The painting was displayed at an exhibition in Minsk, in 1963. It reflected his interest in people who ‘build’ their future. It was a major theme for many years in Dantsig’s art, bringing forth Towards a New Life (1958, a diploma work), New Blocks Growing (1960), Old and New Minsk (1960), and Minsk Awakening (1960). Incredibly poetic, they reflect hope for the future, as was typical of that time and the author’s desire to depict the ‘common hero’. Created at the same time as New Tenants, these are self-portraits in their essence and, in combination with other documents, offer a complete ‘portrait of the artist in his time’.
Mr. Dantsig launched onto the art scene at the cusp of the 1950s and 1960s, during Khruschev Thaw. This brought young artists, founders of the ‘harsh style’ into vogue, defying pseudo-ideological works, and opposing official canons and traditions of Socialist Realism. They aimed to portray uncompromising ‘truths’, in minimal style. Mai Dantsig was one of its devotees.
May was born in Minsk in 1930. His father, a physical training teacher, attended the art studio of the famous Belarusian artist Yakov Kruger, and was eager to see his son enter a creative profession. Before the war, his father had attended music school for several years but, of course, the Great Patriotic War intervened. The Dantsig family managed to evacuate miraculously, as the artist recollects. He tells us, “The city was burning, and we were bombed all the time. My parents decided that we should leave. Father put on his best woolen suit but we didn’t take any belongings with us. However, when my father, mother, myself and my sister came to the freight station, the crowds were huge and there were no trains, and no hope. Suddenly, a locomotive with four, heated freight cars appeared in the distance. It was approaching at full speed. People lay on the railway tracks and it stopped. The doors opened and we could see wounded soldiers inside. Suddenly, we heard a cry from one of the cars: ‘Da-a-antsig!’ It was my father’s former student. We managed to climb the step of the train as it was already accelerating.”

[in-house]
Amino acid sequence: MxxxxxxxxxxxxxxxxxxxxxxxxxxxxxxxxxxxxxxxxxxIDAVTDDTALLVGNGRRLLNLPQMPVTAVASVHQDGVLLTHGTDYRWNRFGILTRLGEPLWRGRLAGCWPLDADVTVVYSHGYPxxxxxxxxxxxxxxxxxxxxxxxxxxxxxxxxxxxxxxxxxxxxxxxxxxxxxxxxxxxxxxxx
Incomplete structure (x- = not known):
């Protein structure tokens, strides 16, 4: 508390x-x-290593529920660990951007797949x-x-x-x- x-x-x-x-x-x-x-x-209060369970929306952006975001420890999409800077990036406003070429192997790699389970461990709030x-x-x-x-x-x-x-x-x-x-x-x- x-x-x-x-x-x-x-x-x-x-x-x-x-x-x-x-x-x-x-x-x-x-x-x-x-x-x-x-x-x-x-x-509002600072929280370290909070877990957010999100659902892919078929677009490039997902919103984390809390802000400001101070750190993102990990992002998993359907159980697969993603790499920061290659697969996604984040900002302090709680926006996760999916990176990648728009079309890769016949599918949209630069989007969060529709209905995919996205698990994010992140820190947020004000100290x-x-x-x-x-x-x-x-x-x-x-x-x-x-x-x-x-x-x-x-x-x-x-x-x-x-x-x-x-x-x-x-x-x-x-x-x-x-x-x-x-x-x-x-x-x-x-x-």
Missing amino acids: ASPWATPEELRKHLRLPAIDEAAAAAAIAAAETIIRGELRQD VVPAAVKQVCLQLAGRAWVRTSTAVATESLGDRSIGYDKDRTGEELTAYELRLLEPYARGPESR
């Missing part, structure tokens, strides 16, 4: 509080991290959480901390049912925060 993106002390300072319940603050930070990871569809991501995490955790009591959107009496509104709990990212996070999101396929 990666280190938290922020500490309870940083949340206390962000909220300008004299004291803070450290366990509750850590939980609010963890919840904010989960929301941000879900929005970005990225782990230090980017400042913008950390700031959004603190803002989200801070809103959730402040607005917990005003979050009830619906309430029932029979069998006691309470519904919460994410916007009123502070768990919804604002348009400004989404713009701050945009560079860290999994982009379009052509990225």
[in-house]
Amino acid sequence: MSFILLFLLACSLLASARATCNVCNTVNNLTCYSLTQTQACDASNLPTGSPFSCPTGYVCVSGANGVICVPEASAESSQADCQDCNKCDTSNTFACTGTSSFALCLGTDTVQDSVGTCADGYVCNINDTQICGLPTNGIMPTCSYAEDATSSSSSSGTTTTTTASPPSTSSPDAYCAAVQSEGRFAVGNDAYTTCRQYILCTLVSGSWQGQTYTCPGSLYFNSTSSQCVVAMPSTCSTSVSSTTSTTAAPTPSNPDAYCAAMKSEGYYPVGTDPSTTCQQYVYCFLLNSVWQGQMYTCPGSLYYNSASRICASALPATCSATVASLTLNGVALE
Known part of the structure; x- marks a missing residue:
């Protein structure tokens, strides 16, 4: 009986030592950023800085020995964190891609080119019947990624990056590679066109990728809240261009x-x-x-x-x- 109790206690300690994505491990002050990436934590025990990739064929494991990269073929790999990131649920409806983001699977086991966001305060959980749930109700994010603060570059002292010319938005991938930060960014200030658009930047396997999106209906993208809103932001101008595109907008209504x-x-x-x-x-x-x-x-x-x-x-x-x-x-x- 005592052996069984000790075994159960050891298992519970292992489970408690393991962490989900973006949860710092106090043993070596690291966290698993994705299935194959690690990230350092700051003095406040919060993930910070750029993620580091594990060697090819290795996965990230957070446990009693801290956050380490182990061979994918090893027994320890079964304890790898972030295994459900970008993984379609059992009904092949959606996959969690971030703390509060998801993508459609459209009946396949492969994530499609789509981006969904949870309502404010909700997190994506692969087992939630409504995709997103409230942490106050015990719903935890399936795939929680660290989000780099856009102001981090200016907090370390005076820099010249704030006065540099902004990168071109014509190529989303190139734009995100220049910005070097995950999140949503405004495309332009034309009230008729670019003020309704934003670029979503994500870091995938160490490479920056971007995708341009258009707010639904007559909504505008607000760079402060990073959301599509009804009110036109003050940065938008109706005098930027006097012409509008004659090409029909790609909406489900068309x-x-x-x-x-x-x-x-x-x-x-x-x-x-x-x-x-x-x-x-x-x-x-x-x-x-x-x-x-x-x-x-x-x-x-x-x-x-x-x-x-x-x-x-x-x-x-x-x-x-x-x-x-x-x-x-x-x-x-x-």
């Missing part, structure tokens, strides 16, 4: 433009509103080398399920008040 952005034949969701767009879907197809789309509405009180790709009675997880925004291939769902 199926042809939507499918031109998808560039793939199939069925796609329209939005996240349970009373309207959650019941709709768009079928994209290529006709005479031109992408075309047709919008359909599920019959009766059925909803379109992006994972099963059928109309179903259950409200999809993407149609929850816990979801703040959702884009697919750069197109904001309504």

Permanent exhibition of the National Art Museum. The work by Mai Dantsig on the left of the wall
After the war, Mai Dantsig undertook profound professional training at Minsk Art School, under Vitaly Tsvirka; in 1958, he graduated from Moscow Surikov Institute. Mr. Dantsig’s art became a bright page and marked phenomenon in Belarusian painting. His expressive, huge, multi-charactered compositions (he creates mainly large-format pictures intended for museum display) feature his dear Minsk, and portraits of cultural figures. They characterise an entire artistic epoch and never cease to arouse interest among art fans.
The permanent exhibition at the National Art Museum has his famous still-life About the Great Patriotic War, and last October a large retrospective showcase of Mai Dantsig took place at the museum.
Today, collectors are ready to pay a great deal for paintings by Mai Dantsig. His artworks are sold at auction, with many online bidders. Meanwhile, the internationally known Saatchi Gallery recently displayed Dantsig’s monumental Saved World Remembers, as part of its ‘WWII Legacy in Russian Art’ exhibition. The painter depicted Soviet soldiers saving masterpieces from the Dresden Gallery collection, in epic, allegorical form. The saved artworks included Raphael’s Sistine Madonna; the picture shows the moment of its ‘rescue’ from the tunnel vault. The Sistine Madonna, placed at the centre, allegorically represents all global culture and civilization, while the wounded, exhausted soldiers symbolise the high price that was paid to stop Fascism.
By Veniamin Mikheyev